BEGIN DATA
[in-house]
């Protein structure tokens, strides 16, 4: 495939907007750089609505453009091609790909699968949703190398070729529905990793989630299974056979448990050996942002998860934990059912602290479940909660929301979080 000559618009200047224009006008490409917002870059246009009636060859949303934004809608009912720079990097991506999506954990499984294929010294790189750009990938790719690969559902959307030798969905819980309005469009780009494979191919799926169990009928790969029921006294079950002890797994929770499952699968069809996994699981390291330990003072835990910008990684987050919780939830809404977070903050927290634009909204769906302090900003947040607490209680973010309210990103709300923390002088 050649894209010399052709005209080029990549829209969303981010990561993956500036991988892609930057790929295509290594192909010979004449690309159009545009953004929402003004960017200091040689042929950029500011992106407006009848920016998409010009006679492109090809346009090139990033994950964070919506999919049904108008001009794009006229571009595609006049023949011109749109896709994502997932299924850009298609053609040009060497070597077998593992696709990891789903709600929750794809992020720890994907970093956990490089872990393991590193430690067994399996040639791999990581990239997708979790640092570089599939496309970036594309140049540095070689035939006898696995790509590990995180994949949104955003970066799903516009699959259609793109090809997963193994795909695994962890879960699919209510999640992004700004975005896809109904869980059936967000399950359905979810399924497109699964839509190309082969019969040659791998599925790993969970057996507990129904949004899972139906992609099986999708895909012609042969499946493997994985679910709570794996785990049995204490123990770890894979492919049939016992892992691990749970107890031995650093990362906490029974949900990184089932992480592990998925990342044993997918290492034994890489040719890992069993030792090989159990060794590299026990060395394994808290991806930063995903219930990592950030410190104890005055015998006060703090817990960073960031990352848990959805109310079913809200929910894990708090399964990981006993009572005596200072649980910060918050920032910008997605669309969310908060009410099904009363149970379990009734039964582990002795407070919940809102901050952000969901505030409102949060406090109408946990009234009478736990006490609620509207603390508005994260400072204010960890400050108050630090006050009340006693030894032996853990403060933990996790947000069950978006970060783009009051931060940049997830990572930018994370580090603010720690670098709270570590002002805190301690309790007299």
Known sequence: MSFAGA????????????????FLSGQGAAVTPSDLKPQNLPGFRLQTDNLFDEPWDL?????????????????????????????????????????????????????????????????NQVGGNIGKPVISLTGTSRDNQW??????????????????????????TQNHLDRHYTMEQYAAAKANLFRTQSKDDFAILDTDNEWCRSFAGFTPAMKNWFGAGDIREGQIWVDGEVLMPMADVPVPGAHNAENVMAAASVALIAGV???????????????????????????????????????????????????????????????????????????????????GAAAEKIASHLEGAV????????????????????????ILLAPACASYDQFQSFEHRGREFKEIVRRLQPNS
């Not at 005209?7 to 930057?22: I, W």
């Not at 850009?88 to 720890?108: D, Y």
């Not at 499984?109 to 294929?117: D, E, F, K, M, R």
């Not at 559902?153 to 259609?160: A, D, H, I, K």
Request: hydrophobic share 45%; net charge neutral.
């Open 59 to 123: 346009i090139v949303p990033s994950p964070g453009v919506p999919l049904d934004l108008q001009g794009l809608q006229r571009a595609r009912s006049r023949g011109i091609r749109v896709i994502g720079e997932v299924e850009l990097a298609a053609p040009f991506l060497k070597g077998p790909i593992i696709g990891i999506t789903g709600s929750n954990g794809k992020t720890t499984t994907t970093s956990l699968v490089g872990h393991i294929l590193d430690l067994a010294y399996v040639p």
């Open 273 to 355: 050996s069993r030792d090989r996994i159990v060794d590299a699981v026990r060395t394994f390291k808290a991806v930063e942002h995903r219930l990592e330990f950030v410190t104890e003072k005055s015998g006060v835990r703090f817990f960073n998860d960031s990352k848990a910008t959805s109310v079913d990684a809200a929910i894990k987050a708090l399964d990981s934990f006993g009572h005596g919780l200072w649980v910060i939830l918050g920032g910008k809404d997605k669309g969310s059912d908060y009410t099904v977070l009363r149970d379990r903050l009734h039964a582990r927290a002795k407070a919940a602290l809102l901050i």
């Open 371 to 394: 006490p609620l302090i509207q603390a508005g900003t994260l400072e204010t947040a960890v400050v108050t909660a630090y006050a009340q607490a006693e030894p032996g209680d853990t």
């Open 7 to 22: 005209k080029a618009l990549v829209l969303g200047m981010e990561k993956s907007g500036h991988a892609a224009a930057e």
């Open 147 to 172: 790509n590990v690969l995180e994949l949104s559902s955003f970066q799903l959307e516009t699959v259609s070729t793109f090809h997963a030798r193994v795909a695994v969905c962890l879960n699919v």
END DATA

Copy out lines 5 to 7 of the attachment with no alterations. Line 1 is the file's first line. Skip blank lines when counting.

């Not at 850009?88 to 720890?108: D, Y």
């Not at 499984?109 to 294929?117: D, E, F, K, M, R």
């Not at 559902?153 to 259609?160: A, D, H, I, K």